I pester George Monbiot once more

About a year ago I wrote to George Monbiot about sortition. At the risk of becoming a nuisance, I have just written to him again:

Again, sortition

Dear George,

Having just read your article “An Ounce of Hope is Worth a Ton of Despair”, I feel compelled to write to you again about a subject I have written to you about before: sortition.

As you may remember, sortition is the democratic alternative to elections. Instead of choosing decision makers by voting – which inevitably leads to having decisions made by members of an ambitious and well resourced elite – why not select decisions makers as a statistical sample of the population? Why not put some of those people who “consistently hold concern for others, tolerance, kindness and thinking for themselves to be more important than wealth, image and power” in a position where they can set policy instead of forcing them to choose between members of a self-serving elite?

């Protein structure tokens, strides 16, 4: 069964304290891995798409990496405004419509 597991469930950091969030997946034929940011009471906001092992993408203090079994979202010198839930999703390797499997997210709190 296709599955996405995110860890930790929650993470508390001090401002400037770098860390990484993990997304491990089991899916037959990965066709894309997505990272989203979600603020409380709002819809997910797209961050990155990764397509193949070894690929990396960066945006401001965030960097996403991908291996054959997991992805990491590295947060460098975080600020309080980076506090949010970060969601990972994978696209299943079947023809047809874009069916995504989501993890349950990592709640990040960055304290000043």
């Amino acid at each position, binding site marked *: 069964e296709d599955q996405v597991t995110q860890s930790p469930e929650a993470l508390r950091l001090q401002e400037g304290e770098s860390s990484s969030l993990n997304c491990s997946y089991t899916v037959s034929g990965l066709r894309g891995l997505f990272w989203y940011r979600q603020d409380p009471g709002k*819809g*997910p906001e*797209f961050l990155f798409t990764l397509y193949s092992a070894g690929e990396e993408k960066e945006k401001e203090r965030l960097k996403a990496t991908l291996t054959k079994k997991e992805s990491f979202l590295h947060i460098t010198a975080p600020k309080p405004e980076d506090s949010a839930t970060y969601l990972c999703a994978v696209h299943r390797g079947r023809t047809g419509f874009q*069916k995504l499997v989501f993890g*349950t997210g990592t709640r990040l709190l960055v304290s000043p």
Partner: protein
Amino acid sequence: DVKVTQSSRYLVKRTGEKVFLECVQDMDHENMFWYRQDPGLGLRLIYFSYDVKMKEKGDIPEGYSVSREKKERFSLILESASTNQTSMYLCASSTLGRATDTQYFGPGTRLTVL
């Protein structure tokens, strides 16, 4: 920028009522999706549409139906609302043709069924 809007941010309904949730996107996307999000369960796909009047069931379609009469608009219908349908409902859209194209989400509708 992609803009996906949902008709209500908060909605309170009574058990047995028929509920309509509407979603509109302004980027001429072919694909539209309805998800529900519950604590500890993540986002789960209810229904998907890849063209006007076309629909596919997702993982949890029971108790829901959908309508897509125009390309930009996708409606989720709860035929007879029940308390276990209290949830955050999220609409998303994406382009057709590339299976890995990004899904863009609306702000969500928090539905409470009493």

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If the legislature is (at least partly) chosen by lot – how to restructure the executive branch?

Terry Bouricius and I are working on some ideas for reforms to the executive branch that would be compatible with an allotted legislature. We have a paper in peer review on some aspects of this, and we’re working on a second paper that would be more comprehensive.

The sortition literature that we’ve read is mostly limited to the legislative branch. The two main exceptions we know of are Keith’s book “A People’s Parliament,” and John Burnheim’s book “Is Democracy Possible.”  Does anyone here know of other books or papers that deal with the question of “what to change in the executive branch, assuming that the legislature is at least partially selected by lot?”